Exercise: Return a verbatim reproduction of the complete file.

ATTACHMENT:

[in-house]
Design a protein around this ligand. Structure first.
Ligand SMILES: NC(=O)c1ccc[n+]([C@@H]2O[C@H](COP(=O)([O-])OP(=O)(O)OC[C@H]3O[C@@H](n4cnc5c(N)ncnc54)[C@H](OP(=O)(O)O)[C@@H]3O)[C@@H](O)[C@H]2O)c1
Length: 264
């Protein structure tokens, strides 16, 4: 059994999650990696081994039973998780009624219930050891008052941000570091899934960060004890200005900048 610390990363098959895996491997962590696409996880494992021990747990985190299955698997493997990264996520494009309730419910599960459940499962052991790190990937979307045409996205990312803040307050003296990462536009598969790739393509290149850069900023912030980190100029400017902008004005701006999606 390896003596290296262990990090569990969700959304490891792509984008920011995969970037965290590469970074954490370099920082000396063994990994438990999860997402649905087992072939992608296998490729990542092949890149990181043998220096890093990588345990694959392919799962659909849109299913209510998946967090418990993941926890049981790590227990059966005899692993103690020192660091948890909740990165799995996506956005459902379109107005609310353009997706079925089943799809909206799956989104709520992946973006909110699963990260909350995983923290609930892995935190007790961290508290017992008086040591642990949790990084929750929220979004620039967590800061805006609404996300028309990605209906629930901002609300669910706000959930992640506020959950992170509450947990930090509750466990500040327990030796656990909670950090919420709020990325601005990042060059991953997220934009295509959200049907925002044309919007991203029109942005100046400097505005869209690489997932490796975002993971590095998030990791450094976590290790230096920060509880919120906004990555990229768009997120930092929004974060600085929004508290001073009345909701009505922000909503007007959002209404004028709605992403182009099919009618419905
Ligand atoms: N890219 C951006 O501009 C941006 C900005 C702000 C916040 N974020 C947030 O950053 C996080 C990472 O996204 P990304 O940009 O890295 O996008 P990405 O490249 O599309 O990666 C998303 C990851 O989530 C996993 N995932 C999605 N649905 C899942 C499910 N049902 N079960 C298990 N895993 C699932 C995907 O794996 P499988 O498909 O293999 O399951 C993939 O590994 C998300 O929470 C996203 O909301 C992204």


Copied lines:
[in-house]
Design a protein around this ligand. Structure first.
Ligand SMILES: NC(=O)c1ccc[n+]([C@@H]2O[C@H](COP(=O)([O-])OP(=O)(O)OC[C@H]3O[C@@H](n4cnc5c(N)ncnc54)[C@H](OP(=O)(O)O)[C@@H]3O)[C@@H](O)[C@H]2O)c1
Length: 264
């Protein structure tokens, strides 16, 4: 059994999650990696081994039973998780009624219930050891008052941000570091899934960060004890200005900048 610390990363098959895996491997962590696409996880494992021990747990985190299955698997493997990264996520494009309730419910599960459940499962052991790190990937979307045409996205990312803040307050003296990462536009598969790739393509290149850069900023912030980190100029400017902008004005701006999606 390896003596290296262990990090569990969700959304490891792509984008920011995969970037965290590469970074954490370099920082000396063994990994438990999860997402649905087992072939992608296998490729990542092949890149990181043998220096890093990588345990694959392919799962659909849109299913209510998946967090418990993941926890049981790590227990059966005899692993103690020192660091948890909740990165799995996506956005459902379109107005609310353009997706079925089943799809909206799956989104709520992946973006909110699963990260909350995983923290609930892995935190007790961290508290017992008086040591642990949790990084929750929220979004620039967590800061805006609404996300028309990605209906629930901002609300669910706000959930992640506020959950992170509450947990930090509750466990500040327990030796656990909670950090919420709020990325601005990042060059991953997220934009295509959200049907925002044309919007991203029109942005100046400097505005869209690489997932490796975002993971590095998030990791450094976590290790230096920060509880919120906004990555990229768009997120930092929004974060600085929004508290001073009345909701009505922000909503007007959002209404004028709605992403182009099919009618419905
Ligand atoms: N890219 C951006 O501009 C941006 C900005 C702000 C916040 N974020 C947030 O950053 C996080 C990472 O996204 P990304 O940009 O890295 O996008 P990405 O490249 O599309 O990666 C998303 C990851 O989530 C996993 N995932 C999605 N649905 C899942 C499910 N049902 N079960 C298990 N895993 C699932 C995907 O794996 P499988 O498909 O293999 O399951 C993939 O590994 C998300 O929470 C996203 O909301 C992204």